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Home record is India?s main weapon

It?s hot, really hot. As you drive down the dusty road out of Ahmedabad city to Motera there are not too many people in sight.

india Updated: Oct 08, 2003 00:23 IST

It’s hot, really hot. As you drive down the dusty road out of Ahmedabad city to Motera, which will host the first Test between India and New Zealand from Wednesday, there are not too many people in sight.

Unlike last year, when the India vs West Indies one-dayer here saw the narrow road to Motera clogged even two days before the match, this time around it’s all missing. After all, it’s a Test. The hype, the noise, the marketing is less, the pace is more leisurely, the conditions much more warm, more sandy. It’s serious business.

The Sardar Patel Gujarat stadium itself though, is a hotbed of feverish activity. A sea of khaki greets you as you enter the gates. The cops are out in full force to protect our boys from perceived threats — what those threats are exactly, is a dark secret known only to a select few. Anyway, you have the cops. And those larger than life images of New Zealand skipper Stephen Fleming.

A stray visitor to Motera could be forgiven for thinking that the Kiwi skipper is the host and not the visitor. He and Australian skipper Ricky Ponting are obviously contracted to the sponsors and there are huge cardboard displays all over the place.

Fleming, especially, has pride of place — here, there, everywhere. Him, in his black cap. For the Indian angle, there’s a huge cut out of Shah Rukh Khan swinging a bat with panache.

Welcome to Motera.

The Indians get their international season off to a start here, definitely the favourites, despite the fact that four out of six Tests here have seen no result. After all, it’s home and as Sourav Ganguly said on Tuesday, “We’re not overconfident but our record at home is indication enough that we should win.”

The Kiwis want to win too obviously, but will probably be quite okay with a draw, despite their exhaustive preparations for the series. They’re not too unhappy with the wicket, which left the Indian spin combo looking quite melancholic.

The wicket has been watered and looks damp but is largely expected to dry out by today. It’s somewhat brown and there’s a bit of grass on it, though indications are that even that bit could be off by the morrow.

Even then, the experts here believe that the wicket has been tightly bound and will not break early and will probably stay a flat, batting track for the most and may just turn by Day Three.

India will be hoping that their two debutants here, Lakshmipathy Balaji and Aakash Chopra, will come good — the selectors will be looking at both ahead of the all-important tour to Australia.

While Balaji may find it a tough debut in conditions which might not be very helpful after the first session, Chopra will have a lot to prove and first, perhaps, to his own skipper.

Ganguly went on record yet again on Tuesday to protest Sanjay Bangar’s exclusion. “Unfortunately, we don’t have Sanjay Bangar in this side —- for whatever reasons,” he said. “The fifth bowler’s slot will be shared by Sachin, Viru and myself.”

Ganguly might be upset with the Railway allrounder being asked to sit out more because of his bowling (Bangar would have been fifth bowler) than batting, but the repeated remarks have raised eyebrows in cricketing circles here.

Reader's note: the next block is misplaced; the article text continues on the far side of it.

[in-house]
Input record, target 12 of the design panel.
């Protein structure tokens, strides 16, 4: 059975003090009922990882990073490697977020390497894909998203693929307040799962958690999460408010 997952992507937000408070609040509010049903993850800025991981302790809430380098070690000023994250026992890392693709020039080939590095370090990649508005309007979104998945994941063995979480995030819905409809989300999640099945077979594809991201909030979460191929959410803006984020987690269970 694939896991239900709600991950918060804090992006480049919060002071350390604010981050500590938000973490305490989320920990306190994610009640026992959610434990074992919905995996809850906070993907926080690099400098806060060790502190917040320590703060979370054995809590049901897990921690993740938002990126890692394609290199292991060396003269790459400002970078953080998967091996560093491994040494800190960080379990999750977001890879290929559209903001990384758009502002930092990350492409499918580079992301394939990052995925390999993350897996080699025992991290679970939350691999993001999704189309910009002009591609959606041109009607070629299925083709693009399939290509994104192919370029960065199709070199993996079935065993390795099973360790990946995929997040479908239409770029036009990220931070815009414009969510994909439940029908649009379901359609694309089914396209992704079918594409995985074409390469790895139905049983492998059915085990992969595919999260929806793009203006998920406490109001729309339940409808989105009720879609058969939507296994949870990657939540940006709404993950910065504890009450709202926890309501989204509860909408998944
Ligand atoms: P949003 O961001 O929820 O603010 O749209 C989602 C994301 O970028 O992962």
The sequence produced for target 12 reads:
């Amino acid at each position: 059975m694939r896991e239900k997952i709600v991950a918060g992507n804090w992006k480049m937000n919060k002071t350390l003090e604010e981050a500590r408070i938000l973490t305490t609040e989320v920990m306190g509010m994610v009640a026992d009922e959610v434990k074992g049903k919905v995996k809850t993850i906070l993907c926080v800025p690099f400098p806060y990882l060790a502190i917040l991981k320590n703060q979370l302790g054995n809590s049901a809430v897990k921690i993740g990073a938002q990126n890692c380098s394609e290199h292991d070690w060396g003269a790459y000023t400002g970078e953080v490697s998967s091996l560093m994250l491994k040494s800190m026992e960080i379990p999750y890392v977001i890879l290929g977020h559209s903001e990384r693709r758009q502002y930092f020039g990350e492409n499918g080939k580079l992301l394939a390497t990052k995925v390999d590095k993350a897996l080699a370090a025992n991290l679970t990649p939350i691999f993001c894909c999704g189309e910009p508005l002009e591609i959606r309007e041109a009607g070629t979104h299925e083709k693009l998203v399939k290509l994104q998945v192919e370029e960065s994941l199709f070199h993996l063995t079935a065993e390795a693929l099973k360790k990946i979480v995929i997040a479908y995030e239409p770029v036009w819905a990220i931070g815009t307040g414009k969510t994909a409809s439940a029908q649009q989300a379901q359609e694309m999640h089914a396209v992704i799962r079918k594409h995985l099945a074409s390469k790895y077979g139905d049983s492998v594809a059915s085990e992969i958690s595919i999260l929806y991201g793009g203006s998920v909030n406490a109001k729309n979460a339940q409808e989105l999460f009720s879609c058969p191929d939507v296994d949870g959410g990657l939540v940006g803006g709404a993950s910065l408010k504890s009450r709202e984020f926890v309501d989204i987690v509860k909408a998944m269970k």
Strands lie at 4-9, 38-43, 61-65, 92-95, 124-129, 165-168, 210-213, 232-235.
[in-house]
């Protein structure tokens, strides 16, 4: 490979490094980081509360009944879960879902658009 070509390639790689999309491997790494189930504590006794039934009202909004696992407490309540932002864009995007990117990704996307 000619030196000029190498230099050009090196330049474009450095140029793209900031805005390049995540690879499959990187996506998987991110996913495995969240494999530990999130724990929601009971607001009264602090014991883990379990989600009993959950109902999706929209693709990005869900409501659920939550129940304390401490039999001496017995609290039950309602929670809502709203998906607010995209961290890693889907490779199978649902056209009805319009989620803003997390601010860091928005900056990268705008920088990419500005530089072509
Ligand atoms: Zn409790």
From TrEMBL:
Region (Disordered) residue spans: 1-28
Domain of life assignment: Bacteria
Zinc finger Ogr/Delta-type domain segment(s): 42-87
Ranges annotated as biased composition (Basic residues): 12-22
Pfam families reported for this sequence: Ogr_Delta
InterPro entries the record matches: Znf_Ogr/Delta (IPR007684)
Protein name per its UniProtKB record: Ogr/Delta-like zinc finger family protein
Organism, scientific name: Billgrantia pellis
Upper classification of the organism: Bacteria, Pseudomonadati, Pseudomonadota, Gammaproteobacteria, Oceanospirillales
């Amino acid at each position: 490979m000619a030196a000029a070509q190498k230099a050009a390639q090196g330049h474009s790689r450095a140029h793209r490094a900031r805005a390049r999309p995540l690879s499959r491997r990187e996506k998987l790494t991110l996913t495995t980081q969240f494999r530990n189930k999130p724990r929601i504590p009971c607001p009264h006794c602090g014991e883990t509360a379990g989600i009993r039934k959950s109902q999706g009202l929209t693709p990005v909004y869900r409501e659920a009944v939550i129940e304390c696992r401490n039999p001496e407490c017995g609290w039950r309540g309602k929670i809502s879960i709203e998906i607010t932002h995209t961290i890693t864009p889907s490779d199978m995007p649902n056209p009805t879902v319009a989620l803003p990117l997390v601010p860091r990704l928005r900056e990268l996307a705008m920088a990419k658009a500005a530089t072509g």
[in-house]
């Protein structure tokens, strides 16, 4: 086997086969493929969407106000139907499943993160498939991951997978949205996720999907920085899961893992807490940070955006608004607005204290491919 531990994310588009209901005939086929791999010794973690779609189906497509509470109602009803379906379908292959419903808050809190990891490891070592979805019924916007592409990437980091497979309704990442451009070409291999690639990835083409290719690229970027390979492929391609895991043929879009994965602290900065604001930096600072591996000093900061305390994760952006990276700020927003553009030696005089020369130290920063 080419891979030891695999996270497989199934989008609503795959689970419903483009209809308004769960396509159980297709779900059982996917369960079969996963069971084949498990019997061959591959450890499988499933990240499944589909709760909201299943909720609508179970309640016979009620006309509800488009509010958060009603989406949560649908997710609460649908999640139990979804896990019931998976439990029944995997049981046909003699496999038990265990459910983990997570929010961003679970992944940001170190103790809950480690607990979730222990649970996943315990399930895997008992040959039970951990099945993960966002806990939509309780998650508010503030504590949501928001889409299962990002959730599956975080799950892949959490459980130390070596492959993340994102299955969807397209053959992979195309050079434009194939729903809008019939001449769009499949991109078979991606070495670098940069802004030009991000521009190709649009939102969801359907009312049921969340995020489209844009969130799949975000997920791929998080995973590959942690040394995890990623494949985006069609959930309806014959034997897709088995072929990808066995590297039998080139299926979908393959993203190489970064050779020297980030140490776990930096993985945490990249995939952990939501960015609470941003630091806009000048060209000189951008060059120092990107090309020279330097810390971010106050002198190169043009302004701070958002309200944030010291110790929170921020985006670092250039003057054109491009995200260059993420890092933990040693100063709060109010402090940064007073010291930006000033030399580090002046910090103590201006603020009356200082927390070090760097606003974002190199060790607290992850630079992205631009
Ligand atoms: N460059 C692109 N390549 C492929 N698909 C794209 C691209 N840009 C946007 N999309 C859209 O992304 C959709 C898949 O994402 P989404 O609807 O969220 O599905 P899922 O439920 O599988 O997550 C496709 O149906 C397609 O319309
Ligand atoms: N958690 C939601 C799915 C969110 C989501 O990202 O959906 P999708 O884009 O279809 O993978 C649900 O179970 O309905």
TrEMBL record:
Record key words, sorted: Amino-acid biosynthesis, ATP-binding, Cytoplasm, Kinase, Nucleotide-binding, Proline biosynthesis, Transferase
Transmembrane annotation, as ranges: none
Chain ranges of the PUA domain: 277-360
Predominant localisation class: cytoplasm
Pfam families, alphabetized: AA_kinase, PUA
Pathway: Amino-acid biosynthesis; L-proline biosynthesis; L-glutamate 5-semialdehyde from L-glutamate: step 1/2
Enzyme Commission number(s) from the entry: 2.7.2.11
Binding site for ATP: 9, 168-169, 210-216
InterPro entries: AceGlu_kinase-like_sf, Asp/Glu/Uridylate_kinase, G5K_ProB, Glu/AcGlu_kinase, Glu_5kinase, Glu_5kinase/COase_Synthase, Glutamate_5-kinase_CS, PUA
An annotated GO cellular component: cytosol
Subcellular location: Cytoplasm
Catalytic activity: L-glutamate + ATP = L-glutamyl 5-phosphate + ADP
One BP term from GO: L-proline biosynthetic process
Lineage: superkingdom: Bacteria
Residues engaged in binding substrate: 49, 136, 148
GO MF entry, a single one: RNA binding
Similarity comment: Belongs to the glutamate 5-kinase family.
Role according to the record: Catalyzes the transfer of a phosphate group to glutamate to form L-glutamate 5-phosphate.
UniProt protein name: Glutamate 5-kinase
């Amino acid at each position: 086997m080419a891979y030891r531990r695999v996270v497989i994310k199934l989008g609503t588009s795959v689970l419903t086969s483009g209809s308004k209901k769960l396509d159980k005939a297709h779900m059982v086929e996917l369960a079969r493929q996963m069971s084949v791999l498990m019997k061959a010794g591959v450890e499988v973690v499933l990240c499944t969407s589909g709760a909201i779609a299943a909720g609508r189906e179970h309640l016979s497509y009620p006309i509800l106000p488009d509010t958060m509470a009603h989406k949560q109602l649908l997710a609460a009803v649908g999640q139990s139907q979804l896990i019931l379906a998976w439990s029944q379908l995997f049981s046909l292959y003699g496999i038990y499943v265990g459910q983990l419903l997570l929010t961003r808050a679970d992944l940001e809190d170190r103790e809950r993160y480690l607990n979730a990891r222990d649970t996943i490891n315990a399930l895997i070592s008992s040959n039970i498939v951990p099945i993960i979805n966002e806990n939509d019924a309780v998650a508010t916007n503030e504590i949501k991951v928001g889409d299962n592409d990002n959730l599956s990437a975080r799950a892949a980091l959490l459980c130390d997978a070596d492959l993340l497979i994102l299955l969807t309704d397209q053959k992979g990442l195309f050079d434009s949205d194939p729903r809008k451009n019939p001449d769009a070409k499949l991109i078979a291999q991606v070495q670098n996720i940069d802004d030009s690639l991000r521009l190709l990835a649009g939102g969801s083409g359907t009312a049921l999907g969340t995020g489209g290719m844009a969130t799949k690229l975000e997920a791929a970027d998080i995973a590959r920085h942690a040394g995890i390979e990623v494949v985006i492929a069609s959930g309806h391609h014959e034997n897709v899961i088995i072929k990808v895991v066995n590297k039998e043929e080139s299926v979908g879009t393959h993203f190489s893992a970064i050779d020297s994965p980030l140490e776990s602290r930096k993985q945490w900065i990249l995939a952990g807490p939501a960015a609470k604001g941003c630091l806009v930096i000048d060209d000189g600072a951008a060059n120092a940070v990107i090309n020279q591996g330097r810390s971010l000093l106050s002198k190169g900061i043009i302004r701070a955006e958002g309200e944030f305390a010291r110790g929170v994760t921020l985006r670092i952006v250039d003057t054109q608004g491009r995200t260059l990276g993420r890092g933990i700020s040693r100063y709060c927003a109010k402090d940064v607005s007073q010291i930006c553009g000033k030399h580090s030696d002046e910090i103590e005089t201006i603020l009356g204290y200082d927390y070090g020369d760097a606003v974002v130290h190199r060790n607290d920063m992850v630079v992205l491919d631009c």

Anyway, that’s a different matter. Of this series itself, while both captains are suddenly playing down talk of this being a revenge run, other than saying it’s media’s concoction, there’s definitely a fair bit of mind-games on.

Wright had said on Monday, “We are encouraged by the fact that three of our boys (Chopra, S Ramesh and Hemang Badani in the tour games) got hundreds against this attack.”

Kiwi coach Ashley Ross later said that tour games didn’t matter.

Fleming has been at pains to point out time and again that despite the publicity accorded to the New Zealand preparations, India were the ones who would be stressed.

“We expect a tough battle given their home record but they will be expected to win easily. You have a demanding public and a very demanding media. India are expected to win 2-0, the pressure is all on them.”

Then again, on Monday, Fleming had made what seemed like a chance remark on the face of it (but was probably not).

He had said that India probably had the best batting side in the world in their own conditions but their away record was nothing much.

Ganguly was obviously piqued. On Tuesday, asked about that remark (which really has nothing to do with this series), he immediately retorted, “It’s a debatable issue. Averages reveal everything and to be honest, our top six batsmen haven’t done too badly abroad on the whole.”

And then he added, “That’s what he (Fleming) feels and he says what he wants.”

The battlelines are drawn. Let the Test begin.

The Teams:

India: Sourav Ganguly (capt), Virender Sehwag, Aakash Chopra, Rahul Dravid, Sachin Tendulkar, VVS Laxman, Parthiv Patel (w-k), Anil Kumble, Harbhajan Singh, Zaheer Khan, L Balaji. (Yuvraj Singh 12th man)

New Zealand: Stephen Fleming (capt), Mark Richardson, Lou Vincent, Scott Styris, Nathan Astle, Craig McMillan, Jacob Oram, Robbie Hart (w-k), Daniel Vettori, Paul Wiseman, Daryl Tuffey, Ian Butler (squad of 12 named, 12th man to be decided on Wed morning).

Umpires: Rudi Koertzen and David Sheppard.

Match Referee: Ranjan Madugalle.

First Published: Oct 08, 2003 00:12 IST